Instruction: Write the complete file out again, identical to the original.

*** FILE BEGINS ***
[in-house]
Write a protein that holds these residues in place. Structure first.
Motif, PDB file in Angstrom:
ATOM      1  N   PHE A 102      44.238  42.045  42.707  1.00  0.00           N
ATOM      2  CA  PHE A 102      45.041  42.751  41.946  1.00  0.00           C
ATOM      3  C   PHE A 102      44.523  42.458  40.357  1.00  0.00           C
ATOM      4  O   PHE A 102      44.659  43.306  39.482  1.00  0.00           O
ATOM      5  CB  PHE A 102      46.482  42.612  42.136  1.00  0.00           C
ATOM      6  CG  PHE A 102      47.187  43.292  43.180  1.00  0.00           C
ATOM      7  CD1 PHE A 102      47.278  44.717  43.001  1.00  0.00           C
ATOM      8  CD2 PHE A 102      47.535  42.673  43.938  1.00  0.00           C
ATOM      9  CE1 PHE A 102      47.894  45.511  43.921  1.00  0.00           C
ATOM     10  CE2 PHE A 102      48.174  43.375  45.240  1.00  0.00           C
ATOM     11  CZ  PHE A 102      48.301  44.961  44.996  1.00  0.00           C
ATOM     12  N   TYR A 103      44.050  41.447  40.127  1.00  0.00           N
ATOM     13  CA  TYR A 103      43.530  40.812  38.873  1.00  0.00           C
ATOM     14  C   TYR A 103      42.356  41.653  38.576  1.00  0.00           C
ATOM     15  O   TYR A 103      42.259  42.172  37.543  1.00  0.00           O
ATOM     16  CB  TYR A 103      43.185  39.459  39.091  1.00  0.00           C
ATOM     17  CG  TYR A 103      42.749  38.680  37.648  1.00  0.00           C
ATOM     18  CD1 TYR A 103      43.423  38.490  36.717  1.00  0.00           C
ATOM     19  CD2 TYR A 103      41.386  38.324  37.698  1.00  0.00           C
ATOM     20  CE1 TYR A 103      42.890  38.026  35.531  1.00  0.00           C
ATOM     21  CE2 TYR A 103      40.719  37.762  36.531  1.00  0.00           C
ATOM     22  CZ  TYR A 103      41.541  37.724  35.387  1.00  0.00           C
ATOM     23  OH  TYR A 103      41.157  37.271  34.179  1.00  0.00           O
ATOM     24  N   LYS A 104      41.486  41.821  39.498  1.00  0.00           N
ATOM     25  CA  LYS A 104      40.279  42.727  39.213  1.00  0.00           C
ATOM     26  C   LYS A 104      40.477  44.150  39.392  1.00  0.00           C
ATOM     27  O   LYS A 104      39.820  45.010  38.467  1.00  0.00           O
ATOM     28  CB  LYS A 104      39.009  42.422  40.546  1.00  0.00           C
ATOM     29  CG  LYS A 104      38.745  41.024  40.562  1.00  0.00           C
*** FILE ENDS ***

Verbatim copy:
[in-house]
Write a protein that holds these residues in place. Structure first.
Motif, PDB file in Angstrom:
ATOM      1  N   PHE A 102      44.238  42.045  42.707  1.00  0.00           N
ATOM      2  CA  PHE A 102      45.041  42.751  41.946  1.00  0.00           C
ATOM      3  C   PHE A 102      44.523  42.458  40.357  1.00  0.00           C
ATOM      4  O   PHE A 102      44.659  43.306  39.482  1.00  0.00           O
ATOM      5  CB  PHE A 102      46.482  42.612  42.136  1.00  0.00           C
ATOM      6  CG  PHE A 102      47.187  43.292  43.180  1.00  0.00           C
ATOM      7  CD1 PHE A 102      47.278  44.717  43.001  1.00  0.00           C
ATOM      8  CD2 PHE A 102      47.535  42.673  43.938  1.00  0.00           C
ATOM      9  CE1 PHE A 102      47.894  45.511  43.921  1.00  0.00           C
ATOM     10  CE2 PHE A 102      48.174  43.375  45.240  1.00  0.00           C
ATOM     11  CZ  PHE A 102      48.301  44.961  44.996  1.00  0.00           C
ATOM     12  N   TYR A 103      44.050  41.447  40.127  1.00  0.00           N
ATOM     13  CA  TYR A 103      43.530  40.812  38.873  1.00  0.00           C
ATOM     14  C   TYR A 103      42.356  41.653  38.576  1.00  0.00           C
ATOM     15  O   TYR A 103      42.259  42.172  37.543  1.00  0.00           O
ATOM     16  CB  TYR A 103      43.185  39.459  39.091  1.00  0.00           C
ATOM     17  CG  TYR A 103      42.749  38.680  37.648  1.00  0.00           C
ATOM     18  CD1 TYR A 103      43.423  38.490  36.717  1.00  0.00           C
ATOM     19  CD2 TYR A 103      41.386  38.324  37.698  1.00  0.00           C
ATOM     20  CE1 TYR A 103      42.890  38.026  35.531  1.00  0.00           C
ATOM     21  CE2 TYR A 103      40.719  37.762  36.531  1.00  0.00           C
ATOM     22  CZ  TYR A 103      41.541  37.724  35.387  1.00  0.00           C
ATOM     23  OH  TYR A 103      41.157  37.271  34.179  1.00  0.00           O
ATOM     24  N   LYS A 104      41.486  41.821  39.498  1.00  0.00           N
ATOM     25  CA  LYS A 104      40.279  42.727  39.213  1.00  0.00           C
ATOM     26  C   LYS A 104      40.477  44.150  39.392  1.00  0.00           C
ATOM     27  O   LYS A 104      39.820  45.010  38.467  1.00  0.00           O
ATOM     28  CB  LYS A 104      39.009  42.422  40.546  1.00  0.00           C
ATOM     29  CG  LYS A 104      38.745  41.024  40.562  1.00  0.00           C